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South African Family Practice

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“Why I tried to kill myself”- an exploration of the factors contributing to suicide in the Waterberg District

PM Mpiana, GJO Marincowitz, S Ragavan, N Malete

Abstract


Background: One of the authors (PM) did a study of parasuicide patients at Voortrekker Hospital in the Waterberg District of Limpopo Province, South Africa. The aim of the study was to develop a deeper understanding of the parasuicide patients' perceptions regarding their reasons for attempting suicide.

Method: A qualitative descriptive study was conducted using free attitude interviews in English with eight purposefully selected participants. Participants were recruited from patients admitted to Voortrekker Hospital during the study
period after attempting suicide. The interviews were audio-recorded and transcribed verbatim. Themes were identified through the McMillan method. A combined list of themes was compiled. The results were interpreted, conclusions were drawn and recommendations were made.

Results: Reasons identified were multi-factorial and can effectively be summarised by the term bio-psychosocial, which gives an indication of the range of problems. Included were predisposing economic and health-related factors, substance abuse and disturbed interpersonal relationships. Other contributory factors were emotional reactions, unpleasant feelings and thoughts of self-killing with the expectation to die and rest in peace. These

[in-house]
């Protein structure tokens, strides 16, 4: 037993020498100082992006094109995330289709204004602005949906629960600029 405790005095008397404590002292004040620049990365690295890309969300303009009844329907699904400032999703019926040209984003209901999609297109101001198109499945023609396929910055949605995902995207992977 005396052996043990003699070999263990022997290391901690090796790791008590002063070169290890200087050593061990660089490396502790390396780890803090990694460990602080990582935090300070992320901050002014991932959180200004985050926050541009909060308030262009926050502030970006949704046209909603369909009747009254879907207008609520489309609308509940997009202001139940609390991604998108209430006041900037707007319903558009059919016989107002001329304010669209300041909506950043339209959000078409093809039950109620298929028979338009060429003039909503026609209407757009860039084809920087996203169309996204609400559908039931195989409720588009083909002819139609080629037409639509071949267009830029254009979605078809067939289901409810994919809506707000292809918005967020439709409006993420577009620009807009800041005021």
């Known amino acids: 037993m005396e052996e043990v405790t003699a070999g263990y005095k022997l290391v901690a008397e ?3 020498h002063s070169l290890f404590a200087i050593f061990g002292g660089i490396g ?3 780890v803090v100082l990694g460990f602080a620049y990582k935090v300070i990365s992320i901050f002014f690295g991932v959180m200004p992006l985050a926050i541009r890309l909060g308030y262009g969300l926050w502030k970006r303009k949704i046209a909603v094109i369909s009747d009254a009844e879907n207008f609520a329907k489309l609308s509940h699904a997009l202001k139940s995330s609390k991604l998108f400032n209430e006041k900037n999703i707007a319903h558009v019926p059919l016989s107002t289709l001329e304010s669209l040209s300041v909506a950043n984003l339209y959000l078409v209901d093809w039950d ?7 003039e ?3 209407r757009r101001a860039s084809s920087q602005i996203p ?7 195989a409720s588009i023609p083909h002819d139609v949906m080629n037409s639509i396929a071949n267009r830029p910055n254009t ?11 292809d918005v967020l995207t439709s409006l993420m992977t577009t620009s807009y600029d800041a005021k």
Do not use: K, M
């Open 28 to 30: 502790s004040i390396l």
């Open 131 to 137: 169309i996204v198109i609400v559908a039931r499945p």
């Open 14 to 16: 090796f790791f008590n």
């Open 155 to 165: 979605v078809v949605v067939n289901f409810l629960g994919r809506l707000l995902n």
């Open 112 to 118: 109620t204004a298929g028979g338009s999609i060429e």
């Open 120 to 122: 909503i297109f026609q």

factors were interrelated and connected to each other in various ways. The process of parasuicide consisted of a combination of these factors, but was different for each participant.

Conclusions and recommendations: A range of psychosocial risk factors contributes to parasuicide. Patients said that they had attempted suicide predominantly because there were faced by too many overwhelming physical or social problems, they felt isolated and that their lives were meaningless and purposeless. In addition to the findings obtained from the research, the process of qualitative free attitude interviewing were helpful in that the
process of learning the interview techniques improved the researcher's skills and therefore the quality of care given to patients (participants in the study and others). The participants also felt that ventilating and sharing their problems were beneficial to them.

SA Fam Pract 2004;46(7): 21-25




http://dx.doi.org/10.1080/20786204.2004.10873109
AJOL African Journals Online